Tuesday, June 29, 2010

Jeremy Lott on Biden's Summer Propaganda Tour

Jeremy Lott provides us with a good comparitive analysis between the current economic hard times and the situation in another mid-term election year, 1982. Here's a teaser:

What they are hoping for is something like a replay of the 1982 elections. Going into those midterms, Republicans controlled the White House and held a majority of seats in the Senate. They also enjoyed considerable sway in the House of Representatives, thanks to a bloc of conservative Southern Democrats. John Samples, political scientist at the Cato Institute, wrote in his new book The Struggle to Limit Government that the midterms "should have been an unmitigated disaster for the GOP." Consider: "It was held during a severe recession. Unemployment was over 10 percent of the workforce. The election of 1982 focused on the economic policies of the president." (Full disclosure: I used to work for Cato in the media department.)

But the Reagan administration "urged voters to stay the course" and, to a certain extent, Samples argues, it worked. Republicans lost 26 seats in the House and zero in the Senate. It wasn't a walk off grand slam but several economic models had predicted they would lose 50 to 58 seats in the House alone. For the Republicans it was a setback but a minor one. Reagan followed it two years later with a 49-state victory over former Vice President Walter Mondale.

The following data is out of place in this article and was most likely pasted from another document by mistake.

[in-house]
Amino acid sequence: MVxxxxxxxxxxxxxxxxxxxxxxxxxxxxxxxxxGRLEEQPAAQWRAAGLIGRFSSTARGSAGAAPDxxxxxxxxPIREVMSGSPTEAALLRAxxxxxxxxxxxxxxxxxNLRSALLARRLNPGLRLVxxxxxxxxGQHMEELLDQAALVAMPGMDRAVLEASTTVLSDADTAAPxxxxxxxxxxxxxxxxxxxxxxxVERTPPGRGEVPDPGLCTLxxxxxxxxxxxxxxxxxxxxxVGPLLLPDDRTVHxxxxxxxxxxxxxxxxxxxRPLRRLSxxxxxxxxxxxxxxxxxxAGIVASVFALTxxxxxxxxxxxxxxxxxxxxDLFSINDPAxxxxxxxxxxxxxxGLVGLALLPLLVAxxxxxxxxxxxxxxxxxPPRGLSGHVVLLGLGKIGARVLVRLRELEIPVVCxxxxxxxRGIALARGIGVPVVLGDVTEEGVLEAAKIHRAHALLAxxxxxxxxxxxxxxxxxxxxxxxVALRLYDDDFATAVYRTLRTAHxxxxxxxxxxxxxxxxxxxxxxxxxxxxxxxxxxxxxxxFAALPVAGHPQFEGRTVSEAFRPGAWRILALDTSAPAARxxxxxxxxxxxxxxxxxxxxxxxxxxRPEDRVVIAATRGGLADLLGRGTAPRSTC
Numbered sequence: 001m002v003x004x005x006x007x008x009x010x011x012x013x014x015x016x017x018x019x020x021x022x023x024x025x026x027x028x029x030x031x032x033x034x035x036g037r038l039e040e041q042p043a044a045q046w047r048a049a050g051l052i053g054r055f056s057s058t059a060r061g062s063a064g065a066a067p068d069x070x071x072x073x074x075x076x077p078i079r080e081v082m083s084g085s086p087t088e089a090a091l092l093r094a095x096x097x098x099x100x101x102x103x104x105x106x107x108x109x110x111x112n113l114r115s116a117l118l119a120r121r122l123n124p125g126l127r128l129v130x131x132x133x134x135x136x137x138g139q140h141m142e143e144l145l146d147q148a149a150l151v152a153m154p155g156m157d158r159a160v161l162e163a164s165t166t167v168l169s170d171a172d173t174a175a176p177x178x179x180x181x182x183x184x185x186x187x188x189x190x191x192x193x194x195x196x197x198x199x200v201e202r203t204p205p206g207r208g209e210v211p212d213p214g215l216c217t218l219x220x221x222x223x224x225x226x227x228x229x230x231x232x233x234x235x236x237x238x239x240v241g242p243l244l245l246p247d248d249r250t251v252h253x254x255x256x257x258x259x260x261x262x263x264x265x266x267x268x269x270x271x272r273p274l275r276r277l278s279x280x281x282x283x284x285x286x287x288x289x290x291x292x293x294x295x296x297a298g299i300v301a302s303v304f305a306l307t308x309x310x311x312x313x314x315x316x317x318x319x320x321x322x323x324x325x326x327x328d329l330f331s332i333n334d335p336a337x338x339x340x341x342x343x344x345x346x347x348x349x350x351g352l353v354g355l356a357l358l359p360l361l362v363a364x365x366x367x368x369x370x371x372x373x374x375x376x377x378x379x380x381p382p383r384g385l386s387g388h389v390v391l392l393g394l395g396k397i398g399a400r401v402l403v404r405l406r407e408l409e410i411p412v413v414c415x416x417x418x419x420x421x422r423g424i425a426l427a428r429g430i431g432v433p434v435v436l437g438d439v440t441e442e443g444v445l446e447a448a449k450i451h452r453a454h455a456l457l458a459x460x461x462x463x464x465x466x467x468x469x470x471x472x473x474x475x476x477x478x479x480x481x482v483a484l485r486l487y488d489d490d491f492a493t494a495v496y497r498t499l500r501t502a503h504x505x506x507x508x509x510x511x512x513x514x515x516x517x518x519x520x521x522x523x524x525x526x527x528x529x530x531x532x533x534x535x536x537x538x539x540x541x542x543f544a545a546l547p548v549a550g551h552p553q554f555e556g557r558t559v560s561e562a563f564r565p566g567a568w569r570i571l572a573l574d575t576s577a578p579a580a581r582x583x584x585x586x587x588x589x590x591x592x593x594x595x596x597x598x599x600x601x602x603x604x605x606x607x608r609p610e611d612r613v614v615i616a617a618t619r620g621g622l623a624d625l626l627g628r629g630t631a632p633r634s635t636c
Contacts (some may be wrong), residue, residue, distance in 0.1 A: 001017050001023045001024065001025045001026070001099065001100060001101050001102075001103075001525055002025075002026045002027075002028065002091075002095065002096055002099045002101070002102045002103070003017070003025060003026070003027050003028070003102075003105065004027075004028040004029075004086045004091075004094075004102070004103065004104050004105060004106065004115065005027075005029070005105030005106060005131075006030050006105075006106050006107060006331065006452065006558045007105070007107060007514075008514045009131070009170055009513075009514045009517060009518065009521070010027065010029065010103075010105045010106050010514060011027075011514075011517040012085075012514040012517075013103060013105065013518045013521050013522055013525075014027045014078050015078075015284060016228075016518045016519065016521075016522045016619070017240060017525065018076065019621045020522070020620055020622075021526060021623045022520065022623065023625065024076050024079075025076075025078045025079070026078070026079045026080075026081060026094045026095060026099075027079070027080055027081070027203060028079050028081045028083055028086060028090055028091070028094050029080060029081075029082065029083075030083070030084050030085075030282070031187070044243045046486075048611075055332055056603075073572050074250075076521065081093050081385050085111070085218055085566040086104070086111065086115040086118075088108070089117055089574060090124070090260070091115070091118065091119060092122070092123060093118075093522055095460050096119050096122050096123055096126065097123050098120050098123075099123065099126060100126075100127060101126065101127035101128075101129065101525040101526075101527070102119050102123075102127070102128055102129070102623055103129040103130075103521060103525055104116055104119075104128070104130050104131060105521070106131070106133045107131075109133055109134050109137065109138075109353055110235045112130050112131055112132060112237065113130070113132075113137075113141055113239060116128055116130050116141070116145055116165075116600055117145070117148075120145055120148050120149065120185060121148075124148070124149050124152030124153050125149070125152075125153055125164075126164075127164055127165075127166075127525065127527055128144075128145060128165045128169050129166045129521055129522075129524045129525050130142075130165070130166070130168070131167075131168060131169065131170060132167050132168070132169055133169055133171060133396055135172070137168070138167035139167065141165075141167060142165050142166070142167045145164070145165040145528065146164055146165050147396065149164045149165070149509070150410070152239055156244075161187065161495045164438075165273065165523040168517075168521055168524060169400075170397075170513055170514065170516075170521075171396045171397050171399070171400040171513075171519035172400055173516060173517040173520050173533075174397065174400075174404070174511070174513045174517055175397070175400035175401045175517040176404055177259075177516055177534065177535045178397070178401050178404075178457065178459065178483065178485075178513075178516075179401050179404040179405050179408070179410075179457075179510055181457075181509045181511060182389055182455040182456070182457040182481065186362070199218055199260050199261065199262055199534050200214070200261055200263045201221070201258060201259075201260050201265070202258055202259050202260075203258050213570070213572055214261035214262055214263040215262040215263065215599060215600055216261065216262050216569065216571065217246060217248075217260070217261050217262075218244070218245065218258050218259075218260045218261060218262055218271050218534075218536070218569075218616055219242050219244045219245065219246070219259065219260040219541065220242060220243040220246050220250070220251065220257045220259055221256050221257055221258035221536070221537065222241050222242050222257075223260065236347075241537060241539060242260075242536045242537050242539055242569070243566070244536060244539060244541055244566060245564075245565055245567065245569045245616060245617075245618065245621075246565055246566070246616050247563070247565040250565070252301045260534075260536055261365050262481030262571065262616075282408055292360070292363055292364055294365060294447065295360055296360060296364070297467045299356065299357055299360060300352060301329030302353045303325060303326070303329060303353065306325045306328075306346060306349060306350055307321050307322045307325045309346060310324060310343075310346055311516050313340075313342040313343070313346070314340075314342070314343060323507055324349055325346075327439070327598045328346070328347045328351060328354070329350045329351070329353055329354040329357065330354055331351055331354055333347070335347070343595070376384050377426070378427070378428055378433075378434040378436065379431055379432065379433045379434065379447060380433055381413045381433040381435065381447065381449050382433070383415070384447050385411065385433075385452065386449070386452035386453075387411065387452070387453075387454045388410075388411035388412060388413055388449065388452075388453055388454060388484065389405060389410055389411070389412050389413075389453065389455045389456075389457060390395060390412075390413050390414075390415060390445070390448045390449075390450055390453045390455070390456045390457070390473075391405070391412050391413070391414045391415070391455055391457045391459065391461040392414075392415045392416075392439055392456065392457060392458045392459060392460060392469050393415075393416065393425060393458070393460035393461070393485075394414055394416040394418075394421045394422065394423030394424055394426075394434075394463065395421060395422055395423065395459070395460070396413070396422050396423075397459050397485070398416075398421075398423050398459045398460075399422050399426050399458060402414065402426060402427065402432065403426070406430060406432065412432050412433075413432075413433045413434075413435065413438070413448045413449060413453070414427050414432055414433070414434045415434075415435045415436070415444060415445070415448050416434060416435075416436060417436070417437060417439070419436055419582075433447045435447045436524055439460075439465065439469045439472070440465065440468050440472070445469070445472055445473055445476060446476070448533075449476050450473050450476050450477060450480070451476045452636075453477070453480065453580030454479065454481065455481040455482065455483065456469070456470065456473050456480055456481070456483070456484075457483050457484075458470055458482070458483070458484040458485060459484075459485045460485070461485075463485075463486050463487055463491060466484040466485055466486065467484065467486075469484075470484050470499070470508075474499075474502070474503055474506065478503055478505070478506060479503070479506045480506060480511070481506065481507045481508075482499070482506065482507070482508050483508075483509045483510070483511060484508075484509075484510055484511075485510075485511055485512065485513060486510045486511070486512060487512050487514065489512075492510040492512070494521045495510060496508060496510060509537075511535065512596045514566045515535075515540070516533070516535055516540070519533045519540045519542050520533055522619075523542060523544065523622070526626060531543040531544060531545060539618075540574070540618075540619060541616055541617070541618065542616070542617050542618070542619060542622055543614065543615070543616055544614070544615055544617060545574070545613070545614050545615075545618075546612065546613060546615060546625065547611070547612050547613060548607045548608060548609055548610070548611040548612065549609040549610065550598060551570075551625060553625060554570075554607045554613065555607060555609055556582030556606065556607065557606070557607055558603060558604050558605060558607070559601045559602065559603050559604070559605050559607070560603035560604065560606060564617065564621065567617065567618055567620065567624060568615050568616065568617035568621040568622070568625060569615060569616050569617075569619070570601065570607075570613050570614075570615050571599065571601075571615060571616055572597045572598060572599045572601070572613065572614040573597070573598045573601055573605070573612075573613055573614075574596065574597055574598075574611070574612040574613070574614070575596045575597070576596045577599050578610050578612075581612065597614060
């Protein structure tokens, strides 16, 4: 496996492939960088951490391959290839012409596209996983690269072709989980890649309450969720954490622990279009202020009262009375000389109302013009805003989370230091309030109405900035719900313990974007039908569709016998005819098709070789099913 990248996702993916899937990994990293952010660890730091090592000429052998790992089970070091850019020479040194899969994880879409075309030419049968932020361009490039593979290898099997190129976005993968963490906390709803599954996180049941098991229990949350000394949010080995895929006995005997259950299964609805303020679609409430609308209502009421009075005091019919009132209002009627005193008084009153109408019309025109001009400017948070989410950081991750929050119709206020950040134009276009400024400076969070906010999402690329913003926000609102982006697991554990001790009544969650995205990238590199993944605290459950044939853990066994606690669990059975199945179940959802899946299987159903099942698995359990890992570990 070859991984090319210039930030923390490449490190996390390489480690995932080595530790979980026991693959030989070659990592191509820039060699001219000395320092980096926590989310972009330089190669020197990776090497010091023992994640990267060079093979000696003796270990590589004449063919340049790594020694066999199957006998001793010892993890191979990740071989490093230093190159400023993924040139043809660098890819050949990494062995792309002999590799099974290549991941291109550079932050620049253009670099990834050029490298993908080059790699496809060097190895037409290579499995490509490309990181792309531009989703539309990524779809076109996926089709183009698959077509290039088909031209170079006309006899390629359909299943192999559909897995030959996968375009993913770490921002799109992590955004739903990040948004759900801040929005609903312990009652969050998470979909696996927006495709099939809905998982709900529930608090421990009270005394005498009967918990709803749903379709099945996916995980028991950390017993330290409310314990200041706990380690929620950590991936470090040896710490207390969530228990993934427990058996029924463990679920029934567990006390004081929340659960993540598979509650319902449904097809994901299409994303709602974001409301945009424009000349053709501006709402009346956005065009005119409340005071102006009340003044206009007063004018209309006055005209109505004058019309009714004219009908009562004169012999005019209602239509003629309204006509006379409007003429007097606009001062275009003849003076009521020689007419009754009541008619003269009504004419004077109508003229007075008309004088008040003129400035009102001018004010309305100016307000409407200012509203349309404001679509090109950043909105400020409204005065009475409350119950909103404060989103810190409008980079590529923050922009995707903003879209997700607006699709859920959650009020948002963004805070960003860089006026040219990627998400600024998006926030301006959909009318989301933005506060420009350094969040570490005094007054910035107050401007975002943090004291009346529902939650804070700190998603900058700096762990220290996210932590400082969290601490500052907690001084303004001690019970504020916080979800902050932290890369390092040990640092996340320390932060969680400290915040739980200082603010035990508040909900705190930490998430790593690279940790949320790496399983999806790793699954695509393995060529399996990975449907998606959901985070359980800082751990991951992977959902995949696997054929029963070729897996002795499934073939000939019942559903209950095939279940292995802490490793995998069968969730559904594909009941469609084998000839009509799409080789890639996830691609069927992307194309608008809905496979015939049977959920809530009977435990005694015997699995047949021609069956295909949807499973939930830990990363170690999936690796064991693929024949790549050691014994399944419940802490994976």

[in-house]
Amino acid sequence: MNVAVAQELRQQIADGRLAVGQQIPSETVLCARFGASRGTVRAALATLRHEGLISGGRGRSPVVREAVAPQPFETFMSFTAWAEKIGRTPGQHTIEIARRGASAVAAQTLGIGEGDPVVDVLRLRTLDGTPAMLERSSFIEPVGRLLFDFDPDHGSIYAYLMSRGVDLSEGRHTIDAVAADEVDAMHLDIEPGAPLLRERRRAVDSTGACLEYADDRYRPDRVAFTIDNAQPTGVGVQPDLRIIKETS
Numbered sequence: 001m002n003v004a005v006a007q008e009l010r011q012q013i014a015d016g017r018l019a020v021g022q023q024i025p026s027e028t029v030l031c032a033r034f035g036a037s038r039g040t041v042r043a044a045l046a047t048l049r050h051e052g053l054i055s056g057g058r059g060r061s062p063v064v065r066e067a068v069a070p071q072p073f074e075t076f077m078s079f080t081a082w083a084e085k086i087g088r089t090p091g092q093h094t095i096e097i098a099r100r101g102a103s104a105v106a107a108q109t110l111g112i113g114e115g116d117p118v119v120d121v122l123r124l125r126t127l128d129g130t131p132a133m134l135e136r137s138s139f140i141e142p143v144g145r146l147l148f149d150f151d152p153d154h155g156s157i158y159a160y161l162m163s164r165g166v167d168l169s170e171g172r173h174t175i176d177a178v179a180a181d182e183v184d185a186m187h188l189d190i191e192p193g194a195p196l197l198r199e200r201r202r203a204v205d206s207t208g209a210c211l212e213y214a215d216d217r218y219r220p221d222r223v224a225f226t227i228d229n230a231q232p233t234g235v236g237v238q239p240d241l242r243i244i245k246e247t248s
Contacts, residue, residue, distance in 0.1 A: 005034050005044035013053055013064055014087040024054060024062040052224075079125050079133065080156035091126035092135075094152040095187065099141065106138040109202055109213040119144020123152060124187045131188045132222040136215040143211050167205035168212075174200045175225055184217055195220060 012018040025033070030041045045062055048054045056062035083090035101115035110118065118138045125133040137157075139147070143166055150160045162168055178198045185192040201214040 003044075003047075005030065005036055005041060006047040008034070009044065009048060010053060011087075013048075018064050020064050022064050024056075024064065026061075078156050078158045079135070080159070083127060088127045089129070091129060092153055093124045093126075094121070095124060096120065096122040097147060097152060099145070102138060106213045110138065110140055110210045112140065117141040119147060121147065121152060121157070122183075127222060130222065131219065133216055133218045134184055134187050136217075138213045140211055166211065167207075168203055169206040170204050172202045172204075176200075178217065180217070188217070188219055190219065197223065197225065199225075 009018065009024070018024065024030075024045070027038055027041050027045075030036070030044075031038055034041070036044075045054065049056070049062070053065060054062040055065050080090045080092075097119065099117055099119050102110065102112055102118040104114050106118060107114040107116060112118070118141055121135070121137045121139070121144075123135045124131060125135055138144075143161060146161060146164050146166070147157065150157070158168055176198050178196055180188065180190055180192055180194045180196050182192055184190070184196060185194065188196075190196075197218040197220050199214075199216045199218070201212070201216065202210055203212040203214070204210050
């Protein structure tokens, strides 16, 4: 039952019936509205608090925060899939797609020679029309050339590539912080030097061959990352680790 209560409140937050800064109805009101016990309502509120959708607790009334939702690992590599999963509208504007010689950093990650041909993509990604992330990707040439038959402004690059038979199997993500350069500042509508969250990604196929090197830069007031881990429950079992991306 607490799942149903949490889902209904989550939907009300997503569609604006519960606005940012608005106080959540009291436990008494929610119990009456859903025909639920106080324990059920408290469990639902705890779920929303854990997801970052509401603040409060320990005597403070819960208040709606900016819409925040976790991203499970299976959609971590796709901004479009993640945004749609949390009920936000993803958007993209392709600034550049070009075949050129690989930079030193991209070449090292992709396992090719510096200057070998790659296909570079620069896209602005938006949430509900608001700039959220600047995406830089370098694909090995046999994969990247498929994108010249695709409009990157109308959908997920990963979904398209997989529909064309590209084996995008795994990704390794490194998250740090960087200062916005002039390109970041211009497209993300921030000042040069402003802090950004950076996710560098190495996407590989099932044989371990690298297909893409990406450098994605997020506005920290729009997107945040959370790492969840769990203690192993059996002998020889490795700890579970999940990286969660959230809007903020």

At this point in 2010, things are looking so bad for President Obama's party that a loss of only 26 House seats would be seen as a resounding victory and a slap in the face to obstructionist Republicans and tempestuous tea partiers. If Obama can escape blame for the abysmal state of the economy, the current thinking goes, then his party might escape with only minimal losses.

Then he goes on to illustrate the differences between Reagan's and Obama's situations. In his first two years as President, Reagan's approval had not slipped into negative territory like Obama's has. Current polling demonstrates that most people think the administrations efforts to stimulate the ecomony has failed. And, of course, Reagan did not have to suffer the crippling effect of having Joe Biden as a spokesperson for his policies.

Biden last week acknowledged that, though he thought the administration's efforts would do some good, an awful lot of damage has been done. "There's no possibility to restore 8 million jobs lost in the Great Recession," he told an audience of Wisconsin Democrats. (On the same visit to Milwaukee, he called a custard shop manager a "smartass" for suggesting the administration lower taxes.)


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